On a day to day basis, how many people do you meet who are different to you - not just ethnically, but from a different age group or socio-economic background? If recent research is right, the likely answer is not many. Just living in a diverse area isn't enough. Take Londoners for example; their networks have been singled out as among the furthest away from reflecting the makeup of the communities in which they live. If I didn't work for a charity, I might be representative.
Integration, or a lack of it, is back in the news and two recent reports have raised the spectre of an un-United Kingdom with considerable costs and consequences, particularly for the next generation. The Social Integration Commission's 'Wake-up call' hit the headlines with its warning of a society where gated communities become the norm, a school for pupils on free school meals is located opposite another for privileged children and a person's ability to get a job is determined as much by who they know and where they're from as ability. The seeds are already being sown: 40 per cent of jobs are found through personal contacts, half of all children on free school meals are educated in just 20 per cent of schools; and our school system is the fourth most segregated for recent migrants.
Meanwhile, the Social Mobility and Child Poverty Commission suggests that '2020 could mark a watershed' between an era when rising living standards have been shared by all and a future where the poorest are 'bypassed'. Young people are singled out as 'on the wrong side of the divide'. It estimates that 'on the current trend it will be at least 30 years before the attainment gap at GCSE between pupils who are entitled to free school meals and the rest is even halved'. Poor children are four times as likely to become poor adults as other children.
The message couldn't be clearer; we urgently need to find ways to nurture stronger communities which branch out to end social segregation across age, ethnicity and income and vitally, improve the prospects of all young people, regardless of where they come from.
In a recent essay on public service reform, David Robinson, co-founder of charity, Community Links, proposes that 'It is not a "new normal" that we need to embrace but some part of the "old normal" that we need to reclaim - our common humanity, mutual trust and a willing kindness'. Salvaging that 'common humanity' and building trust needn't be complicated. It could be as simple as re-discovering or developing new shared spaces where people from all backgrounds come together.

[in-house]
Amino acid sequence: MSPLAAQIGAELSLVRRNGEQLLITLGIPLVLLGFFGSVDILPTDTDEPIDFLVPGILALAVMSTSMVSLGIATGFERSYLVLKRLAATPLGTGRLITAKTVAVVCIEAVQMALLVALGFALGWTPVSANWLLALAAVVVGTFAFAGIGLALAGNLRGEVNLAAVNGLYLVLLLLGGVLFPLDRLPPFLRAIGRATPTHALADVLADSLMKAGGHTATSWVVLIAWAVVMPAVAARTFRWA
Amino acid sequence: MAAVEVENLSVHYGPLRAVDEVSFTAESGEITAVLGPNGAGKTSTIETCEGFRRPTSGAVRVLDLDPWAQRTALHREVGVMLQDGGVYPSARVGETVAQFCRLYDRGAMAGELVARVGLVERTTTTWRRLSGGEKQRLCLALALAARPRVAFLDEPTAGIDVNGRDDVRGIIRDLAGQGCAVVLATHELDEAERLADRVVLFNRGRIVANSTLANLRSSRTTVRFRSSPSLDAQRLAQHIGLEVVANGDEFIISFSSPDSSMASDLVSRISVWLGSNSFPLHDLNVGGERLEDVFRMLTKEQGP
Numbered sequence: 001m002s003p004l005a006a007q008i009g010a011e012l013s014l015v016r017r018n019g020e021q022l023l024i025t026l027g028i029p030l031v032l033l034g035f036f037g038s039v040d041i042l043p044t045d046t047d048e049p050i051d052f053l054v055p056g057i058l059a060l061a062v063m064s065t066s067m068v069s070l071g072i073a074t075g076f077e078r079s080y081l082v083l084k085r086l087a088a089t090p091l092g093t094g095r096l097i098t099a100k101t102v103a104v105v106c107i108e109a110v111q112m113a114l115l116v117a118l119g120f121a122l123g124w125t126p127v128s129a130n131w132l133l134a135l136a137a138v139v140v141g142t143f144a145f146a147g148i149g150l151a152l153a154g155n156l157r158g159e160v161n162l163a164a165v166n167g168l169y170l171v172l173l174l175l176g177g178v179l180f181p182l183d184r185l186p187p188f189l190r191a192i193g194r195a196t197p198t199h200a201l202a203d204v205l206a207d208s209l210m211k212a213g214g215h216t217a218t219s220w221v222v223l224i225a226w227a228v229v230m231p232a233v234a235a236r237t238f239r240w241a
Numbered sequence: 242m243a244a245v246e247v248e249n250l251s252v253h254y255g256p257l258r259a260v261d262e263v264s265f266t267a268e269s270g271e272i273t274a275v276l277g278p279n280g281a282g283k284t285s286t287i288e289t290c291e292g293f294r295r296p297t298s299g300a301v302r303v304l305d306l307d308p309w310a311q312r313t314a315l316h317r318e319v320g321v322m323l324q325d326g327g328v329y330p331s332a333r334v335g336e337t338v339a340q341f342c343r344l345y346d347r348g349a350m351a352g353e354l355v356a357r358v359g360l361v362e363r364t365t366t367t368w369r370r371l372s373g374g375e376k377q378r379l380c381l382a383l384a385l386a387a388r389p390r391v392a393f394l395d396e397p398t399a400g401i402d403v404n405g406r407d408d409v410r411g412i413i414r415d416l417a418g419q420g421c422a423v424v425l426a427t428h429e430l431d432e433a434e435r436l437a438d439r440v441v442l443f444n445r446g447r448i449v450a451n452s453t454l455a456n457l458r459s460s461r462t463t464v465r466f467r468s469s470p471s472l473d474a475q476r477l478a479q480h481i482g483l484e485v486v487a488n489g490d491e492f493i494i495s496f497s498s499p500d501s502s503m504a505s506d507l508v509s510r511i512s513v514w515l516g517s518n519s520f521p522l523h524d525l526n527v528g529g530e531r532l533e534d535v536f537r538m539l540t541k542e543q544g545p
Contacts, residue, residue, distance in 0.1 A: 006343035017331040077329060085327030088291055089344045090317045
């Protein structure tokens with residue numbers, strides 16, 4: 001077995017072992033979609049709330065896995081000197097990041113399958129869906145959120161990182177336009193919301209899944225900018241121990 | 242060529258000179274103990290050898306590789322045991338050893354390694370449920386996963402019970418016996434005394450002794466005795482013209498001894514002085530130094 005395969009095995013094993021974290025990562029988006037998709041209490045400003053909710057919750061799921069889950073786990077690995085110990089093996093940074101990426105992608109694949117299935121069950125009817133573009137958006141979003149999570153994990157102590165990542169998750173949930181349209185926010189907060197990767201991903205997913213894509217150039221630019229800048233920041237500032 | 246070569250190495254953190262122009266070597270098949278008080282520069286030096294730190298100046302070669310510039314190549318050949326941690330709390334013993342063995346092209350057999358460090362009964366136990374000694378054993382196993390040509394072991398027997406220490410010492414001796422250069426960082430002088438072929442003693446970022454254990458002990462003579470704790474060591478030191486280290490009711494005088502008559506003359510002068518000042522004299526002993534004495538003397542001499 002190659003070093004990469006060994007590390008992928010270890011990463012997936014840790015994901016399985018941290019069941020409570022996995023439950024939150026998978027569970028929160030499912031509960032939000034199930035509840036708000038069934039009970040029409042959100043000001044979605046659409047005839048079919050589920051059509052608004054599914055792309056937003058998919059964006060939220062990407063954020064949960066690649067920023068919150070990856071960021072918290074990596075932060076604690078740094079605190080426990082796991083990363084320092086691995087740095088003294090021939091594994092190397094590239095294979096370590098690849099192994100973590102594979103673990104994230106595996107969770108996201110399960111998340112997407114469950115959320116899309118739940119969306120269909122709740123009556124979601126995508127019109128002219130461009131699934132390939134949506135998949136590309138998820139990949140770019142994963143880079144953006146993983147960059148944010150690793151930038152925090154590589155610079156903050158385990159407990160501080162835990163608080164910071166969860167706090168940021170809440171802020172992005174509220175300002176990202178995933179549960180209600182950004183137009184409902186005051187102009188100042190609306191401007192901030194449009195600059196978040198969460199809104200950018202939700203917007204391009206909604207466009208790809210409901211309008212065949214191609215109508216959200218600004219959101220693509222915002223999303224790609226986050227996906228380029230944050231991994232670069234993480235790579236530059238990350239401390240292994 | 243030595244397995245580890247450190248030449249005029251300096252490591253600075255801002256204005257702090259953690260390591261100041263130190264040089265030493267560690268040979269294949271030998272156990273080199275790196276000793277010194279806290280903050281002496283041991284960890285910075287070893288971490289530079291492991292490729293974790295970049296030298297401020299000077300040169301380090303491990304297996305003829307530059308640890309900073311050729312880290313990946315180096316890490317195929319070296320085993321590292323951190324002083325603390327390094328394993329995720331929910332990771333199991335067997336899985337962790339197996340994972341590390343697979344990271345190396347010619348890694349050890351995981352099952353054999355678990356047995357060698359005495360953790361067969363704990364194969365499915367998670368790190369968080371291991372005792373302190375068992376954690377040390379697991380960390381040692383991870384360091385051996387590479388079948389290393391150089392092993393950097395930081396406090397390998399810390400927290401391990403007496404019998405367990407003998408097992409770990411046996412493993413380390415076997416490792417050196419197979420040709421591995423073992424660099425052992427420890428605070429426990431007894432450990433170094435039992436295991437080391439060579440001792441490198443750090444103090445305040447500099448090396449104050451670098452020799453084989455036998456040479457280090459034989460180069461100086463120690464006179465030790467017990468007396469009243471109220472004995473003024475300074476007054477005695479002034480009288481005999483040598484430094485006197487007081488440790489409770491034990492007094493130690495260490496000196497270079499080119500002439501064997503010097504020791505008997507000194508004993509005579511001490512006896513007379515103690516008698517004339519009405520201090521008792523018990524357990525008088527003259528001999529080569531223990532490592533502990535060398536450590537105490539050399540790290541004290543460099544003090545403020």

With the decline of traditional 'mixing institutions', such as the church and trade unions, the Social Integration Committee's report highlights the importance of the workplace, but what about children and young people? Thinking on this isn't new. Back in 2006, the now London Mayoral candidate, David Lammy MP, was proposing the creation of an 'encounter culture' in response to the London bombings, with a specific focus on 'broadening the attachments' and experiences of young people. There was an emerging cross-party consensus around developing a youth national service scheme which could do just that.
Eight years on, we have the Government's National Citizen Service for 15-17 year olds and the #iwill campaign which aims to make social action a normal part of growing up in Britain. There's also been a renewed interest in full-time volunteer service years, as a culmination of a youth volunteering journey which gives young people a new, rewarding pathway between education and employment, widens horizons and drives social change.
My own organisation, City Year UK is part of this expanding movement which proves that when young people come together to make change happen, barriers are most effectively broken down and 'bridging capital' is built. We tackle both educational inequality and youth unemployment by offering 18-25 year olds the opportunity to take part in a full-time volunteer service year as near-peer mentors, role models and tutors in deprived inner-city schools. But, what also makes us unique is our deliberately diverse recruitment policy. As one of our volunteers explains:
"being around 100 other people who are clearly of similar mind but come from completely different places... that's for me where the biggest impact is from being with City Year rather than being with anything else."Another adds:
"I've met people who have different views to mine but are working for the same cause...it breaks down your idea of stereotypes."
Given that the Social Integration Committee has put a price of up to £6 billion a year on social segregation, any Government in 2015 should look at how it can support the continued development of this growing 'encounter culture', to give children and young people a continuum of opportunities to meet those different from themselves while making a difference.Suggest a correction